"To me, if you build your polemics around the point that all corporations are bad, it lacks the necessary complexity, it is just too narrow and almost a caricature of a view. There are some bad corporations and some good corporations. There are some very bad people who work for the corporations but it is also quite easy for some environmentalists to feel self-righteous, to get up on the soapbox without the full grasp of the complexity of the problem.
"My goal is to allow dialogue, not to draw lines and start throwing things at each other again, because this has not gotten us anywhere all these years. It pleases me if my work does something to arouse consciousness, to increase dialog or to influence people to make real personal changes, which is the only thing that makes a difference, as far as I am concerned."
On whether a still image works differently on our consciousness than a documentary film:
"Absolutely, I do believe that a still image fixes in the consciousness in a whole different way than a documentary film does. With a film we are caught up in following the narrative and we don't really pay attention to the images. The still image does fix into the memory, it locks in, it's easier to recall. It has a role in raising consciousness and it does it differently than a documentary film. One might say that film is more compelling because you're more driven to understand the theme but the film doesn't recall the same way in our minds. What I recall from the Vietnam War is not the video footage; it's Eddie Adams' images that stick in my mind."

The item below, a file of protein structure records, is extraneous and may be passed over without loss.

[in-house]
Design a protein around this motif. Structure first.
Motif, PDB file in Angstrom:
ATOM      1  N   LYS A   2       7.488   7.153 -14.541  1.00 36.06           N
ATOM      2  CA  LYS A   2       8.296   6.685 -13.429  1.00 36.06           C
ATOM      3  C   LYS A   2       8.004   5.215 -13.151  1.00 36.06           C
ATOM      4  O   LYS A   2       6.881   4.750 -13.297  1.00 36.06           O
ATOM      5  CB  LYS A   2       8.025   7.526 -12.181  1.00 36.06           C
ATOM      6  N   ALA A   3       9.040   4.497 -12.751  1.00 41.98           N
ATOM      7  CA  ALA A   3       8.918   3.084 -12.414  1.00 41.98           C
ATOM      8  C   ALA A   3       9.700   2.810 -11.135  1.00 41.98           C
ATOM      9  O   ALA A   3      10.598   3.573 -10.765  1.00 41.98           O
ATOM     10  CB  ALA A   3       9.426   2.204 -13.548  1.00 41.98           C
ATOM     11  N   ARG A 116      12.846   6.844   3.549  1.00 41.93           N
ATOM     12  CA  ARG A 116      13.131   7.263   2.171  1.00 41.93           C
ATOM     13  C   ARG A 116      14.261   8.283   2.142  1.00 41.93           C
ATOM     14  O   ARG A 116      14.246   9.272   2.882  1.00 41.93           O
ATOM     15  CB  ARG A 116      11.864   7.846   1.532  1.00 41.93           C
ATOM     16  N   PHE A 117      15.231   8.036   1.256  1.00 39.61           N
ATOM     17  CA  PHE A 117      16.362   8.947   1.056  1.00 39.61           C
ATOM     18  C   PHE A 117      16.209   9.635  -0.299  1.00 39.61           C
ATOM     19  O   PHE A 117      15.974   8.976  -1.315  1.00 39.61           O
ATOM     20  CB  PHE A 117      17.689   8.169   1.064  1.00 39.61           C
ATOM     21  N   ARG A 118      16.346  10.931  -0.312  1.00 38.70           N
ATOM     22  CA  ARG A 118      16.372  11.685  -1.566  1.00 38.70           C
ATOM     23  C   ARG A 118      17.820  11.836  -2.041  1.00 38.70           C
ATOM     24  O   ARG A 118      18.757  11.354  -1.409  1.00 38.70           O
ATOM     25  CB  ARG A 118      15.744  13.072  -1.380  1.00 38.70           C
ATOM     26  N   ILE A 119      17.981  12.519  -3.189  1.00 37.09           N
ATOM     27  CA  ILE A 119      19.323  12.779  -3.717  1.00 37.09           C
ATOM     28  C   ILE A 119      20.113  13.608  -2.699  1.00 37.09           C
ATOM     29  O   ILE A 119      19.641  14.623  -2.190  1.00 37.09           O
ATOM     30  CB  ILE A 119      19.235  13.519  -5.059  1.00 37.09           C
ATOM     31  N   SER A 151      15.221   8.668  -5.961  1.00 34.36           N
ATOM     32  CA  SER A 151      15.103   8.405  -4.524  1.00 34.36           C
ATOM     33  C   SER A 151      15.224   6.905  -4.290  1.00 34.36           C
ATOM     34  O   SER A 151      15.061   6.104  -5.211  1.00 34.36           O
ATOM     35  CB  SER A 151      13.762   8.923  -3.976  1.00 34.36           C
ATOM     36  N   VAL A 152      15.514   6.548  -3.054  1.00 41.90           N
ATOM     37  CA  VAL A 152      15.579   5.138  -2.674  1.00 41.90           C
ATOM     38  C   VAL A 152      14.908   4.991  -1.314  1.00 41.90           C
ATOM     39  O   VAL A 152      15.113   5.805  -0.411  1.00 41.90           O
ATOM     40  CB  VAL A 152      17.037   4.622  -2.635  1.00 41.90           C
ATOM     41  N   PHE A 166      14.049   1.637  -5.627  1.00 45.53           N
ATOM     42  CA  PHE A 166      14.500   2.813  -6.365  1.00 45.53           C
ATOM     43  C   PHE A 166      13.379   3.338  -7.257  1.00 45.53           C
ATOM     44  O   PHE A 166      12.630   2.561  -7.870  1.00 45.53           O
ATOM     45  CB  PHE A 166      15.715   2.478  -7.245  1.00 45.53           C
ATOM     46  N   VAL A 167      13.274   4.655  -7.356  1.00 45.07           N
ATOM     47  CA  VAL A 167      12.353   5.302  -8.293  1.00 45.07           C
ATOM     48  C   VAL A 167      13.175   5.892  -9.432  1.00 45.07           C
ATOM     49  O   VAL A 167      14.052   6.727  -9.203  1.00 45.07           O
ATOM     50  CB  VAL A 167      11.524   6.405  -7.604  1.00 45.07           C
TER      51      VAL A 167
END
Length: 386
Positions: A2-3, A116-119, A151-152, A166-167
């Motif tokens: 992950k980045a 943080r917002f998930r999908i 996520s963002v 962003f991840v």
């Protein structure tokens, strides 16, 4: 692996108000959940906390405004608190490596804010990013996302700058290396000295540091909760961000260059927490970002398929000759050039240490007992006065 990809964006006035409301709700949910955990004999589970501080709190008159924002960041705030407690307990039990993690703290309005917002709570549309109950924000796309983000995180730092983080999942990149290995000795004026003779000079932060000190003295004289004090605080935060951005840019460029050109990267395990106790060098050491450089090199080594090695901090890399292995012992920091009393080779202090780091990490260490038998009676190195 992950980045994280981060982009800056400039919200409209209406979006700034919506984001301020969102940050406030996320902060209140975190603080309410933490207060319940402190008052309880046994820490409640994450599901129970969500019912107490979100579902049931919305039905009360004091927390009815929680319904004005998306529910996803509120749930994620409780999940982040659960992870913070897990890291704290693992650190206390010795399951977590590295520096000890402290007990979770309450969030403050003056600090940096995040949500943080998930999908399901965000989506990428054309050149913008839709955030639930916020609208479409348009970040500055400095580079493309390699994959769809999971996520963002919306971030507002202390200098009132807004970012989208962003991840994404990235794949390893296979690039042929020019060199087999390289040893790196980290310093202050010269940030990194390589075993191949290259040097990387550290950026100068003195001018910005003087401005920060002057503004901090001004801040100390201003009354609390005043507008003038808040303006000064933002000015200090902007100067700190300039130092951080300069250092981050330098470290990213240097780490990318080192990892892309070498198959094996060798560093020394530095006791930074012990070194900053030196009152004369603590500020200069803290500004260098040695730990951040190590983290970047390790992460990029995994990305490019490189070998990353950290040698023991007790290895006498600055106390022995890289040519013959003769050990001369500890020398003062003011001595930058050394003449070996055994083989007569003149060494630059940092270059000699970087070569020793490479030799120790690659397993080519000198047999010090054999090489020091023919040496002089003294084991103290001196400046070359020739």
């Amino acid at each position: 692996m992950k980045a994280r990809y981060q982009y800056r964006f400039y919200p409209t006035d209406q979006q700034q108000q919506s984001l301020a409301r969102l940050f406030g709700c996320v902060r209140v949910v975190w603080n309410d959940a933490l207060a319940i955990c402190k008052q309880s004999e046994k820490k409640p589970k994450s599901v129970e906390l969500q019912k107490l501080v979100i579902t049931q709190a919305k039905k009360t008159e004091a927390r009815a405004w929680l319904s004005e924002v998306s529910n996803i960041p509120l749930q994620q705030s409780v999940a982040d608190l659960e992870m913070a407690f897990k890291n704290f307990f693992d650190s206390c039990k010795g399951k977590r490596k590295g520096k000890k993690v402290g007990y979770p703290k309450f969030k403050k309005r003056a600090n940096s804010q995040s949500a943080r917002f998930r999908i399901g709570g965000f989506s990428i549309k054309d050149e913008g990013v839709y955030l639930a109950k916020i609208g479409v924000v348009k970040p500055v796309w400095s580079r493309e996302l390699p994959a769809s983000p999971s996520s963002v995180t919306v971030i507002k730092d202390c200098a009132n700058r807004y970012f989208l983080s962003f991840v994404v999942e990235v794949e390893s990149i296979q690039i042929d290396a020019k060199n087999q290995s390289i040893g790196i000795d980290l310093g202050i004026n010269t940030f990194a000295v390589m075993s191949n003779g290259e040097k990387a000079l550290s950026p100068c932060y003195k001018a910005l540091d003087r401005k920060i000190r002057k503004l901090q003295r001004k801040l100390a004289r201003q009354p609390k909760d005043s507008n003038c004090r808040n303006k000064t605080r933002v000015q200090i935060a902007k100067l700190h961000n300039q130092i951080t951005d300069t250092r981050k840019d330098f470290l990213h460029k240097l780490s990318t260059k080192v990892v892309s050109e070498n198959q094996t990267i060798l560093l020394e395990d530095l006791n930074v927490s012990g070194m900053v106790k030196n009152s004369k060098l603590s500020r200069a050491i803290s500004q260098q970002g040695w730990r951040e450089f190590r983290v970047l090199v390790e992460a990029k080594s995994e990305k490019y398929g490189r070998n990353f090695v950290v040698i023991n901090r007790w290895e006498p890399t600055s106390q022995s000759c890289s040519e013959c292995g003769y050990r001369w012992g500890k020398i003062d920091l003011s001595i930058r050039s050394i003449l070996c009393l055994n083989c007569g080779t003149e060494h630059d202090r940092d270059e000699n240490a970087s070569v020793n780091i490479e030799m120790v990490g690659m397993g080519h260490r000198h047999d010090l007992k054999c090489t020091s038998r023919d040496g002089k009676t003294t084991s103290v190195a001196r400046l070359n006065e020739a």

On whether artists need to be analytical, like anthropologists:
"People who are engaged in art are engaged in a process of thinking beyond the present moment, looking both forward and backward, reflecting on how the human story plays itself out. In a way, art is a research and development department. It shows us new places we can go in terms of thought; it makes us reflect upon our actions, our ethics; it questions our definitions of good and evil.
"I believe that culture is key to a healthy society. So many people are caught so entirely in the process of working and making a living that society needs somebody to put a mirror up, to open up our consciousness to the things that are out of sight, out of mind."

Full interview at the Tyee

image: Edward Burtynsky

via wood s lot

No comments: